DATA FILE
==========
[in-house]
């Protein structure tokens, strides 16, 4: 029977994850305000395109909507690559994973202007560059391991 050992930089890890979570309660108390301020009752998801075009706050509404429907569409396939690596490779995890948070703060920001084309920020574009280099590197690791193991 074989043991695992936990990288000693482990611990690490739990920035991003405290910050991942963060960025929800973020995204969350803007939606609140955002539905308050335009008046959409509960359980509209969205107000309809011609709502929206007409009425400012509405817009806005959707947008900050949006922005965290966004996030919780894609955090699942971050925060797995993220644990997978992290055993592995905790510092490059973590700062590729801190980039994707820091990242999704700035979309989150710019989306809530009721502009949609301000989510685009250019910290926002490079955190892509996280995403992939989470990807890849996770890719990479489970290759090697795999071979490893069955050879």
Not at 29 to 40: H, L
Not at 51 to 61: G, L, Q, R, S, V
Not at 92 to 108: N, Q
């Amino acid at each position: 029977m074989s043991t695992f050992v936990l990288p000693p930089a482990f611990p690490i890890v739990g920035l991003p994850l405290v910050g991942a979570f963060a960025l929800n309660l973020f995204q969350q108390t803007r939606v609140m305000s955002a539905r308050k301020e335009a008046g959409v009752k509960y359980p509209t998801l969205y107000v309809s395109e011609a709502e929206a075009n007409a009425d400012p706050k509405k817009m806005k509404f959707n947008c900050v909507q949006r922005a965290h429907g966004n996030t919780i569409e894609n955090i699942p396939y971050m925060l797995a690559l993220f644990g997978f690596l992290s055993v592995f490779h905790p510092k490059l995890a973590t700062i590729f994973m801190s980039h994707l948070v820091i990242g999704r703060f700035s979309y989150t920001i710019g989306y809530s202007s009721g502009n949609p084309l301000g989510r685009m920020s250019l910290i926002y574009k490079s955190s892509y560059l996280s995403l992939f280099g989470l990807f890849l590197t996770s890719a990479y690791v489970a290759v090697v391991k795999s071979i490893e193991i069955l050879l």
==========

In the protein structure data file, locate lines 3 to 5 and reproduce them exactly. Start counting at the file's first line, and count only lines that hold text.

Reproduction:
Not at 29 to 40: H, L
Not at 51 to 61: G, L, Q, R, S, V
Not at 92 to 108: N, Q